[Haskell-cafe] What unsafeInterleaveIO is unsafe

wren ng thornton wren at freegeek.org
Sun Mar 15 21:04:36 EDT 2009

Yusaku Hashimoto wrote:
> Hello,
> I was studying about what unsafeInterleaveIO is.I understood
> unsafeInterleaveIO takes an IO action, and delays it. But I couldn't
> find any reason why unsafeInterleaveIO is unsafe.
> I have already read an example in
> http://www.haskell.org/pipermail/haskell-cafe/2009-March/057101.html
> says lazy IO may break purity, but I think real matter in this example
> are wrong use of seq. did I misread?

For example: I have some universal state in IO. We'll call it an IORef, 
but it could be anything, like reading lines from a file. And I have 
some method for accessing and updating that state.

 > next r = do n <- readIORef r
 >             writeIORef r (n+1)
 >             return n

Now, if I use unsafeInterleaveIO:

 > main = do r <- newIORef 0
 >           x <-  do a <- unsafeInterleaveIO (next r)
 >                    b <- unsafeInterleaveIO (next r)
 >                    return (a,b)
 >           ...

The values of a and b in x are entirely arbitrary, and are only set at 
the point when they are first accessed. They're not just arbitrary 
between which is 0 and which is 1, they could be *any* pair of values 
(other than equal) since the reference r is still in scope and other 
code in the ... could affect it before we access a and b, or between the 
two accesses.

The arbitrariness is not "random" in the statistical sense, but rather 
is an oracle for determining the order in which evaluation has occurred. 
Consider, as an illustration these two alternatives for the ...:

 >           fst x `seq` snd x `seq` return x


 >           snd x `seq` fst x `seq` return x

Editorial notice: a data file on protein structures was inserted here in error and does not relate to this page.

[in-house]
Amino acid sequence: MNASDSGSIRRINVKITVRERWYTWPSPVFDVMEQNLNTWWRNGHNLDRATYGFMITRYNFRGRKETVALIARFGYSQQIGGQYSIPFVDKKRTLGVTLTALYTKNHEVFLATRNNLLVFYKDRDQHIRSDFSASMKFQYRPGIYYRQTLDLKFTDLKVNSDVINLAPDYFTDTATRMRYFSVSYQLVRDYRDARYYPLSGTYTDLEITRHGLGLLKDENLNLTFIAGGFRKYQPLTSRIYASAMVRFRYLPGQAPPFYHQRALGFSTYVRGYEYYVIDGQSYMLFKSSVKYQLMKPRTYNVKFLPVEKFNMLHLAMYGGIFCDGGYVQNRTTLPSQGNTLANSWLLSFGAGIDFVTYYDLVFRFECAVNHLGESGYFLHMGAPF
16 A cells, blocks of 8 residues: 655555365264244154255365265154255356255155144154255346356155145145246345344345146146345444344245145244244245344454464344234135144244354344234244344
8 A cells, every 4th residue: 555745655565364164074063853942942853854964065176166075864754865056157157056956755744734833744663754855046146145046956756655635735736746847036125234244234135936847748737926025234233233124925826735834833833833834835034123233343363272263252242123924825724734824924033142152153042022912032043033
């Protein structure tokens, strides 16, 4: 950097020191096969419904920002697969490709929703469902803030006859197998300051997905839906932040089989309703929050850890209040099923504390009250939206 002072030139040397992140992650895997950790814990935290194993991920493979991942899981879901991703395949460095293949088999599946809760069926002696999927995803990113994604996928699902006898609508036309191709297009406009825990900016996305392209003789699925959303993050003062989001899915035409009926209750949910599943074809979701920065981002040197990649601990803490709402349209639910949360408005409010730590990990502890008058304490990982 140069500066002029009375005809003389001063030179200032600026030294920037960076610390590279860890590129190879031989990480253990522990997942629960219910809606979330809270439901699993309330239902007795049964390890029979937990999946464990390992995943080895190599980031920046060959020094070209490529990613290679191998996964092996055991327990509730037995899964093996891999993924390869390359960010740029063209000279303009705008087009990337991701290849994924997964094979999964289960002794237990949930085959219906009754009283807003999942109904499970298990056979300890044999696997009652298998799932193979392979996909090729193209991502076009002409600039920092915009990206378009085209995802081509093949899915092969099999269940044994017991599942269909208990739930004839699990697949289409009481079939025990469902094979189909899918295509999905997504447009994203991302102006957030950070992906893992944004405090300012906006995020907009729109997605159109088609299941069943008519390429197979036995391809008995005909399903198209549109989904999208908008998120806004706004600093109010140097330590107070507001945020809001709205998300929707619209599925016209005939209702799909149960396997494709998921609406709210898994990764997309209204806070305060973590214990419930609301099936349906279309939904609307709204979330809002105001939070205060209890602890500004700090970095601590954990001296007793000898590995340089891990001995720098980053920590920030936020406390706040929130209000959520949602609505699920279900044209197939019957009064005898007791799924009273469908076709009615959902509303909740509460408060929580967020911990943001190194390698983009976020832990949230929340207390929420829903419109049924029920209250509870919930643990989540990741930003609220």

In this example, main will return (0,1) or (1,0) depending on which was 
chosen. You are right in that the issue lies in seq, but that's a red 
herring. Having made x, we can pass it along to any function, ignore the 
output of that function, and inspect x in order to know the order of 
strictness in that function.

Moreover, let's have two pure implementations, f and g, of the same 
mathematical function. Even if f and g are close enough to correctly 
give the same output for inputs with _|_ in them, we may be able to 
observe the fact that they arrive at those answers differently by 
passing in our x. Given that such observations are possible, it is no 
longer safe to exchange f and g for one another, despite the fact that 
they are pure and give the same output for all (meaningful) inputs.

This example is somewhat artificial because we set up x to use 
unsafeInterleaveIO in the bad way. For the intended use cases where it 
is indeed (arguably) safe, we would need to be sure to manually thread 
the state through the pure value (e.g. x) such that the final value is 
sane. For instance, in lazy I/O where we're constructing a list of 
lines/bytes/whatever, we need to ensure that any access to the Nth 
element of the list will first force the (N-1)th element, so that we 
ensure that the list comes out in the same order as if we forced all of 
them at construction time.

For things like arbitrary symbol generation, unsafeInterleaveIO is 
perfectly fine because the order and identity of the symbols generated 
is irrelevant, but more importantly it is safe because the "IO" that's 
going on is not actually I/O. For arbitrary symbol generation, we could 
use unsafeInterleaveST instead, and that would be better because it 
accurately describes the effects. For any IO value which has real I/O 
effects, unsafeInterleaveIO is almost never correct because the ordering 
of effects on the real world (or whether the effects occur at all) 
depends entirely on the evaluation behavior of the program, which can 
vary by compiler, by compiler version, or even between different runs of 
the same compiled binary.

Live well,

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